West Liberty Youth Dream Catchers (WLYDC) is an academic mentoring program that provides support to students in grades 3-12 to help them become college and career ready by the end of high school. Students are selected from among applicants who meet the criteria related to family income level and parent education (low-income family and neither parent holds a bachelor’s degree). Every participant receives support from a one-to-one mentor and becomes eligible for a four-year
scholarship upon completion of the program.
The four primary tasks of a mentor are: 1) Establish a positive, personal relationship with the student. 2) Help the student to develop life skills. 3) Assist the student in obtaining additional resources. 4) Increase the student’s ability to interact with people/groups from various socio-economic, cultural, and racial backgrounds.
Mentors meet weekly with their mentees. Most meet at the West Liberty Public Library on Wednesdays at 5:00 or 6:00, or on Sundays at 3:00. These common meeting times allow for monthly group sessions. Another advantage of common meeting times is that one mentor can cover for another by working with two mentees whenever a mentor must be absent from a weekly mentoring session.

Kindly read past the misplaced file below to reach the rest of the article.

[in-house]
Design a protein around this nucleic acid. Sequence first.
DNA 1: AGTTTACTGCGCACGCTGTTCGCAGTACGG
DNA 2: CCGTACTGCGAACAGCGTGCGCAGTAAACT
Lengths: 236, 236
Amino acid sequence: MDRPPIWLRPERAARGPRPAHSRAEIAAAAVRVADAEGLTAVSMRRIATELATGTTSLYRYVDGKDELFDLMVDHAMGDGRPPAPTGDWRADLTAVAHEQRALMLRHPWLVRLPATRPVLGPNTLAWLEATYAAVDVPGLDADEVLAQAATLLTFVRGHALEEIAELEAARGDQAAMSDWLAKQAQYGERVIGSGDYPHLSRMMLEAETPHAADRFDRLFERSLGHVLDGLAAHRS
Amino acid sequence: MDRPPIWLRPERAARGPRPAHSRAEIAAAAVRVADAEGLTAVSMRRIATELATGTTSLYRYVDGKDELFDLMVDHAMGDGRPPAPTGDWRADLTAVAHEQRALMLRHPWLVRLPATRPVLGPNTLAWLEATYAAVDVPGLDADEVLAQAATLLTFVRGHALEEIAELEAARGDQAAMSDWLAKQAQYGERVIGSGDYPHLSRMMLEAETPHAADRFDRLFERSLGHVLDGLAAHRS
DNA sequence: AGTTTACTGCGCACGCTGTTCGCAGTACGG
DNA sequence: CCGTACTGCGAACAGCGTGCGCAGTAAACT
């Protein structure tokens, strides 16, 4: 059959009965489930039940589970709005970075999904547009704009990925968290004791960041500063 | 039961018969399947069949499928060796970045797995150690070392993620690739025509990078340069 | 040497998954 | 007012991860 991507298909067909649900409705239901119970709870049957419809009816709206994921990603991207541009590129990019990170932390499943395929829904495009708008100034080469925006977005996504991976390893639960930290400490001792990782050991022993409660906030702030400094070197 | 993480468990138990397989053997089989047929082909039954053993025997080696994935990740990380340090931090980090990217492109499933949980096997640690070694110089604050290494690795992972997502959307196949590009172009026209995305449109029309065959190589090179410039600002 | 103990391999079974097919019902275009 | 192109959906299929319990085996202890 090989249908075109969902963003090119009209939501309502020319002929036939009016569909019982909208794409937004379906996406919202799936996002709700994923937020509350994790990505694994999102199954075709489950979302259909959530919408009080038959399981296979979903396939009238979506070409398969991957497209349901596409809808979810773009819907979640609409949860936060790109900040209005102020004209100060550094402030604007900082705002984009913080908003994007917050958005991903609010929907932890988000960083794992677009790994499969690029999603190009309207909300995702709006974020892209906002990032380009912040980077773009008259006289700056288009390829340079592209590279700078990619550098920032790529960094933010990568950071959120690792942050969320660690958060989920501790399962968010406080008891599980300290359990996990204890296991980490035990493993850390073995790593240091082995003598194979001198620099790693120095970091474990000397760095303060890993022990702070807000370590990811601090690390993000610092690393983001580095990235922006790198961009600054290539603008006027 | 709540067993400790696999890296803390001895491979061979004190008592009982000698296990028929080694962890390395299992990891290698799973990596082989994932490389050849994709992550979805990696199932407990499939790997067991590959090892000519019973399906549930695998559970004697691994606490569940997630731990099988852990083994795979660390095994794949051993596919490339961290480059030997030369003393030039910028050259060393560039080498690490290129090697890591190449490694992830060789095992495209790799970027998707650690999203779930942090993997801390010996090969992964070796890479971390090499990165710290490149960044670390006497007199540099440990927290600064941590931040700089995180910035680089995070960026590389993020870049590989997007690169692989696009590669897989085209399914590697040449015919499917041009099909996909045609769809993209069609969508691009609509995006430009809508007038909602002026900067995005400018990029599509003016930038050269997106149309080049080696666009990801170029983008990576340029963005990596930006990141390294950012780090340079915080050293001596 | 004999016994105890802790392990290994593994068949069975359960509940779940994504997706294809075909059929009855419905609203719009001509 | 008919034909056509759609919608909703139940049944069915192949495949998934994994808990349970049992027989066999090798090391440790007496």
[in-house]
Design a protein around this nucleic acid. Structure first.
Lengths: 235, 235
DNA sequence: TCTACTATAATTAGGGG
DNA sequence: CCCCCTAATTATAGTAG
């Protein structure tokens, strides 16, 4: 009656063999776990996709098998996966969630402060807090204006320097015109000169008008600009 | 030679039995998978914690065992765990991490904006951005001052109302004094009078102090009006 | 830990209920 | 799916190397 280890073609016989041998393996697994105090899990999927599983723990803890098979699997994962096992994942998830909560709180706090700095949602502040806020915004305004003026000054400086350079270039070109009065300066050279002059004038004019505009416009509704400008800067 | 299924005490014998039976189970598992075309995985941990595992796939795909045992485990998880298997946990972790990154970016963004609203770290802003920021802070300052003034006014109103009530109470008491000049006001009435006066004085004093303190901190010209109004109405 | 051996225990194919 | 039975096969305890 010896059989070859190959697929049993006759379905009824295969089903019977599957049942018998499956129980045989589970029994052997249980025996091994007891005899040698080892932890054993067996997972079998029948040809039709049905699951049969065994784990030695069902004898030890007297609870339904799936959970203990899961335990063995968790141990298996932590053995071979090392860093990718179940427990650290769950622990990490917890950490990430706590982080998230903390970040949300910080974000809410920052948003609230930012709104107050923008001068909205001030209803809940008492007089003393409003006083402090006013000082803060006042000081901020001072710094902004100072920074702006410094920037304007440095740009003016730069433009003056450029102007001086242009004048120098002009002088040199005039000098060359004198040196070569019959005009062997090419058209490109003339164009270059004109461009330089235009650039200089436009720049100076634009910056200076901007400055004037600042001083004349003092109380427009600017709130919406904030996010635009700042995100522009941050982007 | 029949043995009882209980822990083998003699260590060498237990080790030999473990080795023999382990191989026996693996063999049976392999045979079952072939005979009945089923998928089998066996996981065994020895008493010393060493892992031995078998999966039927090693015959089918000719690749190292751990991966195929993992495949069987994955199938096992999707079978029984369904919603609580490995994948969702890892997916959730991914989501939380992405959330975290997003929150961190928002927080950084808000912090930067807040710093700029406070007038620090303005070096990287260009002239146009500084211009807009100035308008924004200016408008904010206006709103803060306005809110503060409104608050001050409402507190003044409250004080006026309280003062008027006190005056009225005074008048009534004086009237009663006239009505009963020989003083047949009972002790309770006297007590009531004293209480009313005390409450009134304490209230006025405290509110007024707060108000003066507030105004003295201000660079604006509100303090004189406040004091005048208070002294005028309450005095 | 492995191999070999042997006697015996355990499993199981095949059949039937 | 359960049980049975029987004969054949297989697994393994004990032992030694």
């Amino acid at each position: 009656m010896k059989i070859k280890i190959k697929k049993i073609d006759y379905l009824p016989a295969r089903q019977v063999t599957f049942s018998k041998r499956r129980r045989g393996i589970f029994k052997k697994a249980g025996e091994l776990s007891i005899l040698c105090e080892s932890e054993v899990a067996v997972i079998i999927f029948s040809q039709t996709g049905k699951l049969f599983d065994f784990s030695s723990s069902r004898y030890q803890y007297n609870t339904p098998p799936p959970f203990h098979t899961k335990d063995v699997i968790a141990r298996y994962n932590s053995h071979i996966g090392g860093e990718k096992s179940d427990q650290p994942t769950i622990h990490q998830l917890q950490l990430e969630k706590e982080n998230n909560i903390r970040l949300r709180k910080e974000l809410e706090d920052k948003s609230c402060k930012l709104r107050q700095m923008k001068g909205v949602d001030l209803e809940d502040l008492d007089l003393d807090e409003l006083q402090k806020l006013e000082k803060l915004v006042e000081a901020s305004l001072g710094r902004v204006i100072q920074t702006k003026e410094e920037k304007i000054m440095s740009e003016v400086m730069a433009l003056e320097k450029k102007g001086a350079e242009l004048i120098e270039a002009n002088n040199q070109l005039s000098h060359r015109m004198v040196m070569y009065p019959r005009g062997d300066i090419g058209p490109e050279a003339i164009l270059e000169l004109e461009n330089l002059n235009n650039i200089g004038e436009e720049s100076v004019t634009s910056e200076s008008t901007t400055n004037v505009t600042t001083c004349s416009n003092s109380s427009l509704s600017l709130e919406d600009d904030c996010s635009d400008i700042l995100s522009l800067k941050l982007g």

When children and teens have the influence of a caring adult, they are more likely to avoid risky behaviors and to focus on academics. Today’s youth face a variety of challenges, and being matched with a mentor can help them navigate these challenges and reach their potential. The relationships formed between mentors and mentees have a lasting impact on the lives of young people. Since 2004 when Dream Catchers began, the overwhelming feedback from most mentors has been that they get way more out of being a mentor than they put into it. They talk about how a special bond was created with their mentee and how exciting is it to “see the light bulb come on.” Mayra reported that stopping to see her mentee on her way home from work in Iowa City is the best part of her week. Nathan recounted the time a young man, whom he did not recognize, approached him, introduced himself as a former mentee, and told Nathan that he had made a huge difference in his
We are in need of mentors. Would you be willing to serve as a mentor, and help change the lives of children who face adversity? Do you have one hour per week you would be willing to invest in this cause? If you would like to volunteer, or learn more about this opportunity, please contact Steve Hanson at 319-930-9827 or firstname.lastname@example.org